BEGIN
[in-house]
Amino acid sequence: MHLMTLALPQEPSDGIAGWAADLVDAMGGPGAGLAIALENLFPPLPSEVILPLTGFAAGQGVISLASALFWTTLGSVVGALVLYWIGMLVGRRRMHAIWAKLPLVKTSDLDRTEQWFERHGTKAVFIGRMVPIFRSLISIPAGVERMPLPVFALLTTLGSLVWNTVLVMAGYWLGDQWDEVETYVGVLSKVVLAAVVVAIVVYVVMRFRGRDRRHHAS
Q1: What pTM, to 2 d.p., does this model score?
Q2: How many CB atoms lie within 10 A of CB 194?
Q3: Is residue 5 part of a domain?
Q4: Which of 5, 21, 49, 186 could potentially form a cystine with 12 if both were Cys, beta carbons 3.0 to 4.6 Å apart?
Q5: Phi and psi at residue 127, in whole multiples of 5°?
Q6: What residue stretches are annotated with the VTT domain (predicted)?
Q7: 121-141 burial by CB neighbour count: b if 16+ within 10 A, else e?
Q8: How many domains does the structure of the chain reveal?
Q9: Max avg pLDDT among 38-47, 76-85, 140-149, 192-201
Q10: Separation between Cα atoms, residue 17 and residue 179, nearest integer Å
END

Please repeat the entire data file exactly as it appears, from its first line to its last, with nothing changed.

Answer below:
[in-house]
Amino acid sequence: MHLMTLALPQEPSDGIAGWAADLVDAMGGPGAGLAIALENLFPPLPSEVILPLTGFAAGQGVISLASALFWTTLGSVVGALVLYWIGMLVGRRRMHAIWAKLPLVKTSDLDRTEQWFERHGTKAVFIGRMVPIFRSLISIPAGVERMPLPVFALLTTLGSLVWNTVLVMAGYWLGDQWDEVETYVGVLSKVVLAAVVVAIVVYVVMRFRGRDRRHHAS
Q1: What pTM, to 2 d.p., does this model score?
Q2: How many CB atoms lie within 10 A of CB 194?
Q3: Is residue 5 part of a domain?
Q4: Which of 5, 21, 49, 186 could potentially form a cystine with 12 if both were Cys, beta carbons 3.0 to 4.6 Å apart?
Q5: Phi and psi at residue 127, in whole multiples of 5°?
Q6: What residue stretches are annotated with the VTT domain (predicted)?
Q7: 121-141 burial by CB neighbour count: b if 16+ within 10 A, else e?
Q8: How many domains does the structure of the chain reveal?
Q9: Max avg pLDDT among 38-47, 76-85, 140-149, 192-201
Q10: Separation between Cα atoms, residue 17 and residue 179, nearest integer Å